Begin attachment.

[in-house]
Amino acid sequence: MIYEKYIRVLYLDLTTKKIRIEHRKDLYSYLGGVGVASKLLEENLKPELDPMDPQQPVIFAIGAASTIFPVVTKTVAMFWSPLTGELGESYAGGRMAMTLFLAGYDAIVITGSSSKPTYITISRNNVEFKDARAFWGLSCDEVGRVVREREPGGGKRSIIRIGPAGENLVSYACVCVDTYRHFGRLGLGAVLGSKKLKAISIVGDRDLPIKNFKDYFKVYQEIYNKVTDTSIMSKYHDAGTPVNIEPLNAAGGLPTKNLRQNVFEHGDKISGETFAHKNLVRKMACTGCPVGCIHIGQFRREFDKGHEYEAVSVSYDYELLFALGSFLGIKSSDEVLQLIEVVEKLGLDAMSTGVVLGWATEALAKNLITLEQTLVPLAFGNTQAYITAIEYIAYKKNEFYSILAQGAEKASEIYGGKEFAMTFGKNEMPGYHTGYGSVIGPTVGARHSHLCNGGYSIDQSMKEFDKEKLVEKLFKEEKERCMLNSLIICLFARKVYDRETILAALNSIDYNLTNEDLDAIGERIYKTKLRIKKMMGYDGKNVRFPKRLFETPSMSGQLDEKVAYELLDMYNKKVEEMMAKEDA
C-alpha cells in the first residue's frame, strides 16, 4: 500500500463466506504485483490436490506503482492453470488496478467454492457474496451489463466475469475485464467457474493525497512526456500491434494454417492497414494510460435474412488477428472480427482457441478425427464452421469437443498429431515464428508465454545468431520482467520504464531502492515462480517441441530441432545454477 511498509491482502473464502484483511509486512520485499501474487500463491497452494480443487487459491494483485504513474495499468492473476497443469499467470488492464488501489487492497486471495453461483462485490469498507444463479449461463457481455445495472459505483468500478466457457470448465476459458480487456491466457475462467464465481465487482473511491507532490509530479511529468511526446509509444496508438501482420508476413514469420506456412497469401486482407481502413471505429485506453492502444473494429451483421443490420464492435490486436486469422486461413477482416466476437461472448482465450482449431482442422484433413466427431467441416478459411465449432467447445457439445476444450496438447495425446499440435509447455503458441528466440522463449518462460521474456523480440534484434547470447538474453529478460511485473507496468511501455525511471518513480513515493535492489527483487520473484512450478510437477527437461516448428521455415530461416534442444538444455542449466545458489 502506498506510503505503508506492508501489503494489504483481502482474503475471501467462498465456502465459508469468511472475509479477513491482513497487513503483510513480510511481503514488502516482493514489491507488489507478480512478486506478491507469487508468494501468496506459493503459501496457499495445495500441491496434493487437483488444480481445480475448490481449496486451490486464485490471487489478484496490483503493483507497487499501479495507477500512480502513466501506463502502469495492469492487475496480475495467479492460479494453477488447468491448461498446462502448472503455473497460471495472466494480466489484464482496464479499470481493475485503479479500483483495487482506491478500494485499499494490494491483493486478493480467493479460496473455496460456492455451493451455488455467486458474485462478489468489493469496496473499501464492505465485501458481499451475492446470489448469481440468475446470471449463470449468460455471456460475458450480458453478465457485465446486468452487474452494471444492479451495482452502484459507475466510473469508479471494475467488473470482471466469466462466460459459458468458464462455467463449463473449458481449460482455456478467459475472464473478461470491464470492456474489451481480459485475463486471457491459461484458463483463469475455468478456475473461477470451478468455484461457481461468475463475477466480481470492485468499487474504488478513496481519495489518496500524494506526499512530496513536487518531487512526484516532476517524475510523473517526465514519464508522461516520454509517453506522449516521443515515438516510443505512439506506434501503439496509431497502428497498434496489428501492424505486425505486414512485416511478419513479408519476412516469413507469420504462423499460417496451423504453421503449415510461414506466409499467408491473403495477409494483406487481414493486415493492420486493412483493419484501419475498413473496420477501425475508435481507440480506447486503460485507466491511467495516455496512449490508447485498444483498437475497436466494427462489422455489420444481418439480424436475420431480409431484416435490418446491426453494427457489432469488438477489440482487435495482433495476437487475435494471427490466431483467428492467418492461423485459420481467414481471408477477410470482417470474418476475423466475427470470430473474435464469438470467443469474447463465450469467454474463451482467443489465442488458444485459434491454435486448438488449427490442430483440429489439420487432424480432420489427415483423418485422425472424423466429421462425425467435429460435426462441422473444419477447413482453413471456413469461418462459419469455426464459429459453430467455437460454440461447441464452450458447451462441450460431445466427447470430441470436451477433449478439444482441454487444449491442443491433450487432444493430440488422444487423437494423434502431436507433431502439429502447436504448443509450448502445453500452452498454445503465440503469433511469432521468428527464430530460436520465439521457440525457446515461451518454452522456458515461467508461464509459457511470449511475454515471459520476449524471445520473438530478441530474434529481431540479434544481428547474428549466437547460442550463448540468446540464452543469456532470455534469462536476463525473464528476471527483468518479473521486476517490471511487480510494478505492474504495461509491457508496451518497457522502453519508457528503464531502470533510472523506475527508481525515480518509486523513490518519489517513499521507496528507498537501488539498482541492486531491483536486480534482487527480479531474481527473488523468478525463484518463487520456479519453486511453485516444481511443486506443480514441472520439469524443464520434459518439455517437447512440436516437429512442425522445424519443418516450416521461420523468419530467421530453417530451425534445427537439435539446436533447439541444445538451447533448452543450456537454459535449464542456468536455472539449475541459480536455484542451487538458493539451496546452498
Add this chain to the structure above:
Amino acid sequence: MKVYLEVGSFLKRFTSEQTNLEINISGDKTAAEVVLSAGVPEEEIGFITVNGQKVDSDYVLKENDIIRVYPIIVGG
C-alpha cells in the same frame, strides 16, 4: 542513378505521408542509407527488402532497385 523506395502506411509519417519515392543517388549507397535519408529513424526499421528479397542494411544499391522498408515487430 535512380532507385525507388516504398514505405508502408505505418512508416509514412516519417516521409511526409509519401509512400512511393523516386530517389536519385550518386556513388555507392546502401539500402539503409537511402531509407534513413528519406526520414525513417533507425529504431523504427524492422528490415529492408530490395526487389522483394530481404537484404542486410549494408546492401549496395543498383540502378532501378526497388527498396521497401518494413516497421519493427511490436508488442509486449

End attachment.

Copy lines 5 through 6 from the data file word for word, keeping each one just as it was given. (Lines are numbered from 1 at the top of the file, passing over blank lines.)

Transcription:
Amino acid sequence: MKVYLEVGSFLKRFTSEQTNLEINISGDKTAAEVVLSAGVPEEEIGFITVNGQKVDSDYVLKENDIIRVYPIIVGG
C-alpha cells in the same frame, strides 16, 4: 542513378505521408542509407527488402532497385 523506395502506411509519417519515392543517388549507397535519408529513424526499421528479397542494411544499391522498408515487430 535512380532507385525507388516504398514505405508502408505505418512508416509514412516519417516521409511526409509519401509512400512511393523516386530517389536519385550518386556513388555507392546502401539500402539503409537511402531509407534513413528519406526520414525513417533507425529504431523504427524492422528490415529492408530490395526487389522483394530481404537484404542486410549494408546492401549496395543498383540502378532501378526497388527498396521497401518494413516497421519493427511490436508488442509486449